Tests were conducted on a printing press having an ink coated form roller running at a surface speed of 1,000 feet per minute. The hydrophillic transfer roller and the resilient metering roller of the liquid applicator system were geared together at a speed ratio of 5:3. The liquid applicator system could not be adjusted to provide acceptable results because as the surface speed of the transfer roller was increased to prevent excessive slippage between adjacent surfaces of the transfer roller and the applicator roller too much water was delivered to the lithographic system. Increasing pressure at the nip between the metering roller and the transfer roller did not effectively reduce the thickness of the film of dampening fluid, carried by the transfer roller, to the required thickness.

A further test was conducted on the same printing press when the surface speed of the form roller was 1,000 feet per minute. However, the hydrophillic transfer roller and the resilient metering roller were driven by separate variable speed drive motors such that the transfer roller was run at a surface speed of 500 feet per minute and the metering roller was run at speeds of less than 50 feet per minute. Extremely high quality printing was produced.

In laboratory experiments the film thickness carried by the surface of the hydrophillic transfer roller was measured. The transfer and metering rollers were geared together at a 1:1 speed ratio and pressure between the rollers was maintained at a constant level. As surface speeds of the transfer and metering rollers were continuously increased the thickness of the film carried on the surface of the transfer roller did not continuously increase. A graph of the film thickness relative to surface speed of the metering and transfer rollers produced a curve of somewhat sinusoidal nature.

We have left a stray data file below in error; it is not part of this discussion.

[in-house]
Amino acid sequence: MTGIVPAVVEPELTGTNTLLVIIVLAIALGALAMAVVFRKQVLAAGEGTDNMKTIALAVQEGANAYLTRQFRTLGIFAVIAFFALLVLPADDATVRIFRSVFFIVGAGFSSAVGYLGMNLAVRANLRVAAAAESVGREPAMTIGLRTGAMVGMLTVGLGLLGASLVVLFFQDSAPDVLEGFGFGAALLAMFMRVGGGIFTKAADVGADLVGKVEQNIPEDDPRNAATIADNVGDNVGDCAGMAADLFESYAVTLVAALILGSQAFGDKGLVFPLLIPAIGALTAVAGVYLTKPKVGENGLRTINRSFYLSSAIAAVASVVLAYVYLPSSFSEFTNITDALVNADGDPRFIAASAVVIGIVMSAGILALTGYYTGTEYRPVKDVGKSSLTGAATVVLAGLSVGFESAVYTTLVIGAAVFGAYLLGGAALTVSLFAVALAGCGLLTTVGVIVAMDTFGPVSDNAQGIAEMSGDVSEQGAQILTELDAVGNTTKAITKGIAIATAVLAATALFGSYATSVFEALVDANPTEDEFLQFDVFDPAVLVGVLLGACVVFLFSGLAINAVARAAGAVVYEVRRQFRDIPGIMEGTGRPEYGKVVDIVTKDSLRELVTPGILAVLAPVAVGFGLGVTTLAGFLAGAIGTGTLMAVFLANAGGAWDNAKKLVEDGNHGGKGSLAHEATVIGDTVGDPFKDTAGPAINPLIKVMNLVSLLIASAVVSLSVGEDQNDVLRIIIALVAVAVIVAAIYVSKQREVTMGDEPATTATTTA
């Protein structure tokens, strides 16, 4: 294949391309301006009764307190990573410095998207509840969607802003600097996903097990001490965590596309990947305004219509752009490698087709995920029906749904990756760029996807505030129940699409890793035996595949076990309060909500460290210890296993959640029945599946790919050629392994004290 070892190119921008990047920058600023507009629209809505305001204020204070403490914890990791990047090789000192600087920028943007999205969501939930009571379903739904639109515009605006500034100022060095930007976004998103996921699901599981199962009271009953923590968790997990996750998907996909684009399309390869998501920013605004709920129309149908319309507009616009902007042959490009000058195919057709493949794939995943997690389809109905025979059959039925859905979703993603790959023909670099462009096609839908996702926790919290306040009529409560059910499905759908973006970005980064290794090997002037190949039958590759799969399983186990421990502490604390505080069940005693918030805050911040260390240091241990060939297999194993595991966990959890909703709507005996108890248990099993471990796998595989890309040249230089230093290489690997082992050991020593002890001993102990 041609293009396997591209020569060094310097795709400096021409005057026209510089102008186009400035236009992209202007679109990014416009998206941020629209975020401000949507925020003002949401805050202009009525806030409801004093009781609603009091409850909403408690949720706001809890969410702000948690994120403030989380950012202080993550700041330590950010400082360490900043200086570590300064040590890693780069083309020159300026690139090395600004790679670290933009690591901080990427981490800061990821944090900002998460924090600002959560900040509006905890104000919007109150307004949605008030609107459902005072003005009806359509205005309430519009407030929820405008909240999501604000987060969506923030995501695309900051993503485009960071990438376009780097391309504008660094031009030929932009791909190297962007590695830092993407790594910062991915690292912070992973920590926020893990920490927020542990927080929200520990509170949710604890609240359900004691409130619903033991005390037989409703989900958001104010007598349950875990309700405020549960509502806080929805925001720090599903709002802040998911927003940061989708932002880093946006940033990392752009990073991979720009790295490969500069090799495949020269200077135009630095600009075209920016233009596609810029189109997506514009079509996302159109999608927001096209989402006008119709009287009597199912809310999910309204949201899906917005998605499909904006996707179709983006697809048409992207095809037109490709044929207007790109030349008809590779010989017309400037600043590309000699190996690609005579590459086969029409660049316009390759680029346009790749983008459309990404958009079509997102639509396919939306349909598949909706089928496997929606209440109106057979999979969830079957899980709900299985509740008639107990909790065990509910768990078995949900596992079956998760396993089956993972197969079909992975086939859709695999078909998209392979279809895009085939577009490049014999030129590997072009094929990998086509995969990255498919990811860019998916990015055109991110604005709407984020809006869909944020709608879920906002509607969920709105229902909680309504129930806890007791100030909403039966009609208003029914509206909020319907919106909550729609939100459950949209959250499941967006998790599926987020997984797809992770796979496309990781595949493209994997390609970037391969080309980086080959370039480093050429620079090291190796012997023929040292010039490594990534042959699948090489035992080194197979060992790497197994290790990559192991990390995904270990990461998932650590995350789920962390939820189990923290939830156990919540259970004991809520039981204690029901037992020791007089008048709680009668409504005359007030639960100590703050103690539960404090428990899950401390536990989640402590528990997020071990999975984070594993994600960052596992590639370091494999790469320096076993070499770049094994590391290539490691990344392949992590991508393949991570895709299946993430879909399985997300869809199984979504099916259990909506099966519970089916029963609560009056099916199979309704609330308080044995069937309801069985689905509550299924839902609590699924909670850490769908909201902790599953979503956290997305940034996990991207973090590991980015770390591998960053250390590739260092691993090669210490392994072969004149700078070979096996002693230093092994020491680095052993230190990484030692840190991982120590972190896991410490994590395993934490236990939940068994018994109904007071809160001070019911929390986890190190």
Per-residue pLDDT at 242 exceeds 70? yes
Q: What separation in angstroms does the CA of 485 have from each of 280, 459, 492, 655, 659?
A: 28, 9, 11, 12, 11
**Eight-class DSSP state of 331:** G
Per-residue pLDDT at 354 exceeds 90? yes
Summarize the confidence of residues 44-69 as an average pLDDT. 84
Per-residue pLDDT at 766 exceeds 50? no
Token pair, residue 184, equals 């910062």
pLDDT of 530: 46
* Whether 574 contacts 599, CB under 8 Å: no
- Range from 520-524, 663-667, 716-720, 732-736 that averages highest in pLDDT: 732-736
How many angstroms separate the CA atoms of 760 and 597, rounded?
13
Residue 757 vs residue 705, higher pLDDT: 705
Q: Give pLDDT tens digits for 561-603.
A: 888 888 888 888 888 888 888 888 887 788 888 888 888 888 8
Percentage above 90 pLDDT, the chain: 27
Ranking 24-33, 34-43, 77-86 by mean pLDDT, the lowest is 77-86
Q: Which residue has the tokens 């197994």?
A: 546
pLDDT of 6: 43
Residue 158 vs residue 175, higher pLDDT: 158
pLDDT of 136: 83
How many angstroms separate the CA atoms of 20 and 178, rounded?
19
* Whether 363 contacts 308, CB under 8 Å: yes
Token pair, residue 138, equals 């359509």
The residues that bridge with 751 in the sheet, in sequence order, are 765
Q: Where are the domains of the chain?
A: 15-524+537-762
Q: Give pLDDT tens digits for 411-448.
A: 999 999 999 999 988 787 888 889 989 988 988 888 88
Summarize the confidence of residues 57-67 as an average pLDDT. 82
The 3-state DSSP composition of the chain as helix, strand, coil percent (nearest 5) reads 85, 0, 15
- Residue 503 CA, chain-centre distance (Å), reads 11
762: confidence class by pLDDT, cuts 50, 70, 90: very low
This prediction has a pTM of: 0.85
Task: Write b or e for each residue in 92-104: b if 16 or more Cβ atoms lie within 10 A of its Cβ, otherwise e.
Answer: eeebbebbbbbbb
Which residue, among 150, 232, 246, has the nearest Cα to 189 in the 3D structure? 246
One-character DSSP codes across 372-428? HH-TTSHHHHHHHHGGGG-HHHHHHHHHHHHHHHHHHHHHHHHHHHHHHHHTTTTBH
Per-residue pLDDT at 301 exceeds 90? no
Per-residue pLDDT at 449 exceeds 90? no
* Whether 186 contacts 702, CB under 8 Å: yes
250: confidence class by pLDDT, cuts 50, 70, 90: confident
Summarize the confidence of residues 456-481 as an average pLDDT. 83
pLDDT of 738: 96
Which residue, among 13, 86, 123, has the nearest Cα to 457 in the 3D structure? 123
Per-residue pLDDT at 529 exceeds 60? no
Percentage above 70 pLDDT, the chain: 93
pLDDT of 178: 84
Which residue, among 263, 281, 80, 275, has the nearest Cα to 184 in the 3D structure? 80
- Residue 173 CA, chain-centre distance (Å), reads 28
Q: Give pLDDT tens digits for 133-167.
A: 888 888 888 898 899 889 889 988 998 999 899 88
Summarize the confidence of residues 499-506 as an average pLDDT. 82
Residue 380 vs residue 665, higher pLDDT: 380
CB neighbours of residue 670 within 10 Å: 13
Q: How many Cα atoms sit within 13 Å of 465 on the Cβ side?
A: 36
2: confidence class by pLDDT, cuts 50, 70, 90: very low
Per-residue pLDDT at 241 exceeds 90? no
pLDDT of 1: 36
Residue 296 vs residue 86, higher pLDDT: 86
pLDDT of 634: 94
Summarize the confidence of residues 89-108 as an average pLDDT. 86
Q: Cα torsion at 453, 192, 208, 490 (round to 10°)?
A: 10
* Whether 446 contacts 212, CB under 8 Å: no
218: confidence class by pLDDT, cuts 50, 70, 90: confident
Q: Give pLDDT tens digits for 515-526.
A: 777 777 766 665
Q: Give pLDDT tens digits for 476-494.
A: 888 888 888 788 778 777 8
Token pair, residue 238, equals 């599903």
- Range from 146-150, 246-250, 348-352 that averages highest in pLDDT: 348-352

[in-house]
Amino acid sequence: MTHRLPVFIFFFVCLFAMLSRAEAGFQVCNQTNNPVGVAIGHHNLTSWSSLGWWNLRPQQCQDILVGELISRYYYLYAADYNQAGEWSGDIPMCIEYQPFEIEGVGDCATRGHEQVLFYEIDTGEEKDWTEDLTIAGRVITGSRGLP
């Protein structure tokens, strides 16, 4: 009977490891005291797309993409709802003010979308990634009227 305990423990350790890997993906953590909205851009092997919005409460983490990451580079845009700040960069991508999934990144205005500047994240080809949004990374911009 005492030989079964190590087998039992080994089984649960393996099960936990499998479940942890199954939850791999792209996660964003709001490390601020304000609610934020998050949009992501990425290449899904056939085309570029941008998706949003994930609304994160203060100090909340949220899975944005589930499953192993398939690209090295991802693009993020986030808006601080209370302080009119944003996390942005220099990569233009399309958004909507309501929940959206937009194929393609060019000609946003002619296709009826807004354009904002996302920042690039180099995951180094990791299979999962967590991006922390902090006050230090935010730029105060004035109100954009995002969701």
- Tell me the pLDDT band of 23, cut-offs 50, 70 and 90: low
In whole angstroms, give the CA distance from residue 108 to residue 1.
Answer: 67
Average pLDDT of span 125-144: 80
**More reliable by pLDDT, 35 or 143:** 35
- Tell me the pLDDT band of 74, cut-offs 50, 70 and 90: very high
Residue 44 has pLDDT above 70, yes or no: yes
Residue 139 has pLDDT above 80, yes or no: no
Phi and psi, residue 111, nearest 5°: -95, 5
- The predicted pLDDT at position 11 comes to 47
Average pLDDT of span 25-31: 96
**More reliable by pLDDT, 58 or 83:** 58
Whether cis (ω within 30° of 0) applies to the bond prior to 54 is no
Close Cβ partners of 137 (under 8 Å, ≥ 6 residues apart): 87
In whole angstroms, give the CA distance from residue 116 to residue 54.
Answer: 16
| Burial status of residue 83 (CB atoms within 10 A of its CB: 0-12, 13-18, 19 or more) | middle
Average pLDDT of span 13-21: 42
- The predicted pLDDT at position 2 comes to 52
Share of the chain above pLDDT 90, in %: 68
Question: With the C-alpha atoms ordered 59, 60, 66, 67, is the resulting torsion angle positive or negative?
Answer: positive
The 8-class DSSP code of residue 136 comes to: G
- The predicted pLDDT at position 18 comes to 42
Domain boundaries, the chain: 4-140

The same test was conducted with the transfer and metering rollers being geared together at a speed ratio of 2:1. Again the film thickness was somewhat sinusoidal in nature as surface speeds of the rollers were increased. Thus, transfer and metering rollers geared together at a fixed speed ratio do not deliver a uniformly increasing quantity of dampening fluid to a lithographic printing system as surface speeds of the rollers are increased over a wide range of speeds. As the surface speeds of the rollers is increased the quantity of dampening fluid increases to a point after which further increase in the surface speed of the rollers results in reduction in the quantity of dampening fluid delivered.

From the foregoing it is concluded that provision of separate variable speed drive means for independently controlling surface speeds of metering and transfer rollers of the systems of the type disclosed in the aforementioned Dahlgren patents permits metering of thinner films in precisely controlled quantities onto the surface of the transfer roller and permits adjustment of the surface speed of the transfer roller relative to the surface speed of an applicator roller to produce desired hydraulic forces in the nip between the transfer roller and the applicator roller to prevent excessive emulsification of dampening fluid and ink while delivering proper amounts of dampening fluid to the lithographic printing system.

SUMMARY OF INVENTION

I have developed an improved liquid applicator for lithographic systems comprising a transfer roller having a hard smooth hydrophillic surface disposed in pressure indented relation with a metering roller having a smooth resilient surface wherein the transfer roller and metering roller are independently driven by variable speed drive means permitting independent precision control of surface speeds of each of the rollers.